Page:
2. Letting the complexity out into the world: As you start to write you think of all the things you really need to tell the reader – the background to the technique, the history, why they should use it, why they shouldn’t, what else they could do, who has used these ideas, the 17 case studies, the 51 scientific reports, the blind trials – there’s so much you need to tell the reader, otherwise they won’t know everything and it’ll be a disaster! My book will need to be 800,000 words, with 70,000 images, a million footnotes…
I’m going to have the last word(s) on this one – stop complexifying simplicity stupid pants!
How to fix your natural urge to complexify simplicity
It’s all about constraints. No, not those kinds!
Without constraints you are lost in a sea of complexity. Constrain your urges, your time, your actions and your resources. I’m going to cover using constraints to make you a better writer in a later article, but for now know this:
Constraints are good for you, boundaries are essential, without focus you are complexifying everything.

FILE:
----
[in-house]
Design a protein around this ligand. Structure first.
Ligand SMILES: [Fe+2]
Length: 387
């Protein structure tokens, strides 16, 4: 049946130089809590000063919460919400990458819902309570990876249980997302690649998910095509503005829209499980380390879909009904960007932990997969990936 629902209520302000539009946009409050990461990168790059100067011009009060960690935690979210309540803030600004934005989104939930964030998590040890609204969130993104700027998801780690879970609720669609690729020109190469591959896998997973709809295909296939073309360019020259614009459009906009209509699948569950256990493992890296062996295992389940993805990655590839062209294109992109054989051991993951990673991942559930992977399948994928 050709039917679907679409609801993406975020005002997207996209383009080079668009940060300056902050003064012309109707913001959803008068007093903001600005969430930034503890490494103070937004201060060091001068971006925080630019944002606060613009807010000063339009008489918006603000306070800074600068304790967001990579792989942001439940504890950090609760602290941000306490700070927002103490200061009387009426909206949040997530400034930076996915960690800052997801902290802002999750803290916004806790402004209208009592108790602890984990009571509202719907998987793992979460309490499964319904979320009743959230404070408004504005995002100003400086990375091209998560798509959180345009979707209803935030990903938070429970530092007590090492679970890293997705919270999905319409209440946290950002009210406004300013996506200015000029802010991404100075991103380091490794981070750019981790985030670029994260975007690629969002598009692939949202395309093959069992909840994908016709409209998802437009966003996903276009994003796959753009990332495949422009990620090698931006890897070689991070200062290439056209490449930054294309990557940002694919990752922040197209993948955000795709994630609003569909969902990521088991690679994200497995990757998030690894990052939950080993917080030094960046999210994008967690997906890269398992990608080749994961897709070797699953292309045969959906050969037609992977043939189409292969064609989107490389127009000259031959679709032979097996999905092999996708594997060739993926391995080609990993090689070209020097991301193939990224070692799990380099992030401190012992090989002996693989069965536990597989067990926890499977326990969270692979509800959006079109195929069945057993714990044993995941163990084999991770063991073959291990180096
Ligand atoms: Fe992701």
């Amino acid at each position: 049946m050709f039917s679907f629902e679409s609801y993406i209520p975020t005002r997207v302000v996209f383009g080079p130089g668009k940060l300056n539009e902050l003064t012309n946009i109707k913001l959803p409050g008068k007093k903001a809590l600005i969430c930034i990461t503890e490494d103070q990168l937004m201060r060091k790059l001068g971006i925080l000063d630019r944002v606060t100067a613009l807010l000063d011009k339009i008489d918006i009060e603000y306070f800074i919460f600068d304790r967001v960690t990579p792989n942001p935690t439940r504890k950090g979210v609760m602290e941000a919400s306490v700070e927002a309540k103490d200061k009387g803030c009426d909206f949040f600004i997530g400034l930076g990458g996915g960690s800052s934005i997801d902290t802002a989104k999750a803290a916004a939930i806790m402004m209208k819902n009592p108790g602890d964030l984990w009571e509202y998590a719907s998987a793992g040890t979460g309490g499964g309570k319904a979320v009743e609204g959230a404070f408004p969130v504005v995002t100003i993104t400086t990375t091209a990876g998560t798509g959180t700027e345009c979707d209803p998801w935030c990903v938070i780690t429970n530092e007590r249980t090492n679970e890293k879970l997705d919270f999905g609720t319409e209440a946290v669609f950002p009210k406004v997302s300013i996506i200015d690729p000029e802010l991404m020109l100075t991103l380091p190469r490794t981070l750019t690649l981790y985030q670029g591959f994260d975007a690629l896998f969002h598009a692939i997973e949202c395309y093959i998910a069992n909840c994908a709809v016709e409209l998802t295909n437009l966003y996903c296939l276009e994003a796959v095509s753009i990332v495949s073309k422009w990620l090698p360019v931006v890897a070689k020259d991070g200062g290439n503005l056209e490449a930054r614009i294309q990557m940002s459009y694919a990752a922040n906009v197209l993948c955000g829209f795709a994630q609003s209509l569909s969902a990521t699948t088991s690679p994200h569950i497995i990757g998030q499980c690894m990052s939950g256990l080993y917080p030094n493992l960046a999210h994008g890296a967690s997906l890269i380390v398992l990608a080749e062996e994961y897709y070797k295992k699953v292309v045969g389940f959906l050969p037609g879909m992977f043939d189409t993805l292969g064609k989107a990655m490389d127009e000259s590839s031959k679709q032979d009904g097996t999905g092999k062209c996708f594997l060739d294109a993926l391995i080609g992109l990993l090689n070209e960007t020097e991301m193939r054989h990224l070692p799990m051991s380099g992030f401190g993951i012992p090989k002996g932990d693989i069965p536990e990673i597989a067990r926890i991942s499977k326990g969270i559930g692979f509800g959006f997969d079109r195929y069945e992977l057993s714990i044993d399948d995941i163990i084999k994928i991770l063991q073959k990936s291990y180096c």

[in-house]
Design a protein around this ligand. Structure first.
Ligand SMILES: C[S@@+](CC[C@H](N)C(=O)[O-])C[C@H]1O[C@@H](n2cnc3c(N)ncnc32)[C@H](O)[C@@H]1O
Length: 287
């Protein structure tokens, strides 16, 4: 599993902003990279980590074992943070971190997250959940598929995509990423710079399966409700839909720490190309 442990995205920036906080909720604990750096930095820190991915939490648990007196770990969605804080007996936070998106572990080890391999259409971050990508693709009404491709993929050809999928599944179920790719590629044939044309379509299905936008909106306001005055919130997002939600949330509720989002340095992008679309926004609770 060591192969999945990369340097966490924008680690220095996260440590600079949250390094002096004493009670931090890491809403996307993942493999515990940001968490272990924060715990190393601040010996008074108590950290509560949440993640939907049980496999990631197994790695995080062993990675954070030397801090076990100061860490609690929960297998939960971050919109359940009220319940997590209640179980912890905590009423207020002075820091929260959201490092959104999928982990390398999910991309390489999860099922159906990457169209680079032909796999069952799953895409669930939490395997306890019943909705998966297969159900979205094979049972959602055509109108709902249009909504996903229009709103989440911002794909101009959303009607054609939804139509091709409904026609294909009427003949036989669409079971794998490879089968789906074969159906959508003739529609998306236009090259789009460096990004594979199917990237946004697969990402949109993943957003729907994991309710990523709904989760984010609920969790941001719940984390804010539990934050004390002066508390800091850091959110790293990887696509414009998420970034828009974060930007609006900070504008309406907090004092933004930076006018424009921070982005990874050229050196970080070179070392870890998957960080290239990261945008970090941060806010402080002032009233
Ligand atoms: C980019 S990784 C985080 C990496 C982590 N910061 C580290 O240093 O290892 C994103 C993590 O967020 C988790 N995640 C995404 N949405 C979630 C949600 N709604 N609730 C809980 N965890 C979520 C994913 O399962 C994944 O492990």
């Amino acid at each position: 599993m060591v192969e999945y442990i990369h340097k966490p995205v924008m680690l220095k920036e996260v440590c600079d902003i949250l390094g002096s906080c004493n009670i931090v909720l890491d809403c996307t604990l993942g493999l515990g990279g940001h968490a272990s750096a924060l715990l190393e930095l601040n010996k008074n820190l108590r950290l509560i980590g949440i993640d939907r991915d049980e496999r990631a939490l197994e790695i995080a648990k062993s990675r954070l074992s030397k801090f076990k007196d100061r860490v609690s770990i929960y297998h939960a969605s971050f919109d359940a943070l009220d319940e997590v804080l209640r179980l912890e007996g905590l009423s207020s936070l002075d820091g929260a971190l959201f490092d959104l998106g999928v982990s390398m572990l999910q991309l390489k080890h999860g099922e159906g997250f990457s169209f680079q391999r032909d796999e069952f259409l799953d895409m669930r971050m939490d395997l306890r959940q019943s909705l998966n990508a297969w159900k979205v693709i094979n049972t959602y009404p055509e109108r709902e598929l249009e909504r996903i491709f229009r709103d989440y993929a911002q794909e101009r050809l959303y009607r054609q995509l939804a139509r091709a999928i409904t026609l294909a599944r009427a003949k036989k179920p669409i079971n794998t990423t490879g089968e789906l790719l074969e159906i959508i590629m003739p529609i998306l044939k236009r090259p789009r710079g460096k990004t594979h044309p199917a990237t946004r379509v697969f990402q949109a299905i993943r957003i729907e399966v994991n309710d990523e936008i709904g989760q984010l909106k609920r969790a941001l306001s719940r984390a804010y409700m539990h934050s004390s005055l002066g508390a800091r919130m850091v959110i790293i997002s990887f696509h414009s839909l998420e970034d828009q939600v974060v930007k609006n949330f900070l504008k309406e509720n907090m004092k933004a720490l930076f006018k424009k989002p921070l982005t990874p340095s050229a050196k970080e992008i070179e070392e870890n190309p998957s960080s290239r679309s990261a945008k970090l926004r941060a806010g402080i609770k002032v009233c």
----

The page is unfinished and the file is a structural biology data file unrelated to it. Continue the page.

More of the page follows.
In the context of removing waste from the writing process, you must understand who you are writing for, their need to move, what they need from you and your ability to deliver within a time/word constraint. These are the important constraints. Go and have a look at Waste #1 for more information on finding focus.
As usual I have a simple model for you – well this time a two part model – the MoSCoW Method with a Priority Slide.
MoSCoW Method in Writing
The MoSCoW thingy is a a prioritisation technique from software developers and business analysts to create a common understanding amongst stakeholders of the importance of deliverables. In other words – what’s important for the important people? These are the constraints.
A team of creative software engineers could deliver many lovely things within the scope of a project: flashing lights, moving images, whizzy stuff. If they don’t stick to what the stakeholders want and need (the constraints) it leads to confusion, inefficiency, gold-plating, a mess, never-ending writing, complexity… never shipping or shipping crap.
We don’t want crap.
We can use the MoSCoW method for our own writing. In writing a book, article or speech, the stakeholders (the important people) are you and the reader. Let’s have a quick look at the model.
- MUST – what must go in the book, speech or article – what’s critical. If you don’t include this you fail.
- SHOULD – important but not vitally necessary. This should be added, but only if you have time and word count available, and it works with the structure of the book.